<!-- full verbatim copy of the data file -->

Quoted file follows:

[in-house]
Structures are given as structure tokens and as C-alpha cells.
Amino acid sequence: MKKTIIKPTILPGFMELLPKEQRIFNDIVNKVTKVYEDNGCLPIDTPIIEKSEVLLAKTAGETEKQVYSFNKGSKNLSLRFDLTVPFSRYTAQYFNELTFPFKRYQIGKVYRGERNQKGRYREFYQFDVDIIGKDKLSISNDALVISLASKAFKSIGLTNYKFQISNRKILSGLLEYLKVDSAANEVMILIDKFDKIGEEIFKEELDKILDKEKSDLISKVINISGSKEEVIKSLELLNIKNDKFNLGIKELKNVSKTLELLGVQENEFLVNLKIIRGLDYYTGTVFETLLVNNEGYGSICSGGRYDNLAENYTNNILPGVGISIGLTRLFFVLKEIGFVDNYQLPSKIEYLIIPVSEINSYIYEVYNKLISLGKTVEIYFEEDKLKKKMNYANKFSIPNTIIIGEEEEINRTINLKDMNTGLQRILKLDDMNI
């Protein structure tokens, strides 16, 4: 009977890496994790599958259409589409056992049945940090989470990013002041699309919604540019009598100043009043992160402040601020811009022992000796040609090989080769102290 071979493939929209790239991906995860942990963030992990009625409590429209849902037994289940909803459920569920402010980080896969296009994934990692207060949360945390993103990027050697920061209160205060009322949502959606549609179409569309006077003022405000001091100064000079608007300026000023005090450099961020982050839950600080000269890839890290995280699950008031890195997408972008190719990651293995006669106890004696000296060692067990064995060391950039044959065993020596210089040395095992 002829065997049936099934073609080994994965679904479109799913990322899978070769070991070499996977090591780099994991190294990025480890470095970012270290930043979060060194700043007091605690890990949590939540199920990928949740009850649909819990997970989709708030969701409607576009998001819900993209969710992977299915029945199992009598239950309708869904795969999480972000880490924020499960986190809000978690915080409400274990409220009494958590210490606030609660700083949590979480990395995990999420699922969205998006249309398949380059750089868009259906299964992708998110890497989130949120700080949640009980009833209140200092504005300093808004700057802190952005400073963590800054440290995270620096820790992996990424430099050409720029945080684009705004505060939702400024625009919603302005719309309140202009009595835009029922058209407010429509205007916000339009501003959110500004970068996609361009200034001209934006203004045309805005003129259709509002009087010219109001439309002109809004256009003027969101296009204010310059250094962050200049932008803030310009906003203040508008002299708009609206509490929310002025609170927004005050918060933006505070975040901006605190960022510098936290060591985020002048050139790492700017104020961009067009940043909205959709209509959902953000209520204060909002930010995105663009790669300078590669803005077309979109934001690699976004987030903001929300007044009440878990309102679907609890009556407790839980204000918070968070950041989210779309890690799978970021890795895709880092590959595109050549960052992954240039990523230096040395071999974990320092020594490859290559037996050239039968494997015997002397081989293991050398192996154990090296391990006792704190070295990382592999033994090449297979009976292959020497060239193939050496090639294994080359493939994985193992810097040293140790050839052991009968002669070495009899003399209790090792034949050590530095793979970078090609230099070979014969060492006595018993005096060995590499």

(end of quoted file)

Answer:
[in-house]
Structures are given as structure tokens and as C-alpha cells.
Amino acid sequence: MKKTIIKPTILPGFMELLPKEQRIFNDIVNKVTKVYEDNGCLPIDTPIIEKSEVLLAKTAGETEKQVYSFNKGSKNLSLRFDLTVPFSRYTAQYFNELTFPFKRYQIGKVYRGERNQKGRYREFYQFDVDIIGKDKLSISNDALVISLASKAFKSIGLTNYKFQISNRKILSGLLEYLKVDSAANEVMILIDKFDKIGEEIFKEELDKILDKEKSDLISKVINISGSKEEVIKSLELLNIKNDKFNLGIKELKNVSKTLELLGVQENEFLVNLKIIRGLDYYTGTVFETLLVNNEGYGSICSGGRYDNLAENYTNNILPGVGISIGLTRLFFVLKEIGFVDNYQLPSKIEYLIIPVSEINSYIYEVYNKLISLGKTVEIYFEEDKLKKKMNYANKFSIPNTIIIGEEEEINRTINLKDMNTGLQRILKLDDMNI
């Protein structure tokens, strides 16, 4: 009977890496994790599958259409589409056992049945940090989470990013002041699309919604540019009598100043009043992160402040601020811009022992000796040609090989080769102290 071979493939929209790239991906995860942990963030992990009625409590429209849902037994289940909803459920569920402010980080896969296009994934990692207060949360945390993103990027050697920061209160205060009322949502959606549609179409569309006077003022405000001091100064000079608007300026000023005090450099961020982050839950600080000269890839890290995280699950008031890195997408972008190719990651293995006669106890004696000296060692067990064995060391950039044959065993020596210089040395095992 002829065997049936099934073609080994994965679904479109799913990322899978070769070991070499996977090591780099994991190294990025480890470095970012270290930043979060060194700043007091605690890990949590939540199920990928949740009850649909819990997970989709708030969701409607576009998001819900993209969710992977299915029945199992009598239950309708869904795969999480972000880490924020499960986190809000978690915080409400274990409220009494958590210490606030609660700083949590979480990395995990999420699922969205998006249309398949380059750089868009259906299964992708998110890497989130949120700080949640009980009833209140200092504005300093808004700057802190952005400073963590800054440290995270620096820790992996990424430099050409720029945080684009705004505060939702400024625009919603302005719309309140202009009595835009029922058209407010429509205007916000339009501003959110500004970068996609361009200034001209934006203004045309805005003129259709509002009087010219109001439309002109809004256009003027969101296009204010310059250094962050200049932008803030310009906003203040508008002299708009609206509490929310002025609170927004005050918060933006505070975040901006605190960022510098936290060591985020002048050139790492700017104020961009067009940043909205959709209509959902953000209520204060909002930010995105663009790669300078590669803005077309979109934001690699976004987030903001929300007044009440878990309102679907609890009556407790839980204000918070968070950041989210779309890690799978970021890795895709880092590959595109050549960052992954240039990523230096040395071999974990320092020594490859290559037996050239039968494997015997002397081989293991050398192996154990090296391990006792704190070295990382592999033994090449297979009976292959020497060239193939050496090639294994080359493939994985193992810097040293140790050839052991009968002669070495009899003399209790090792034949050590530095793979970078090609230099070979014969060492006595018993005096060995590499």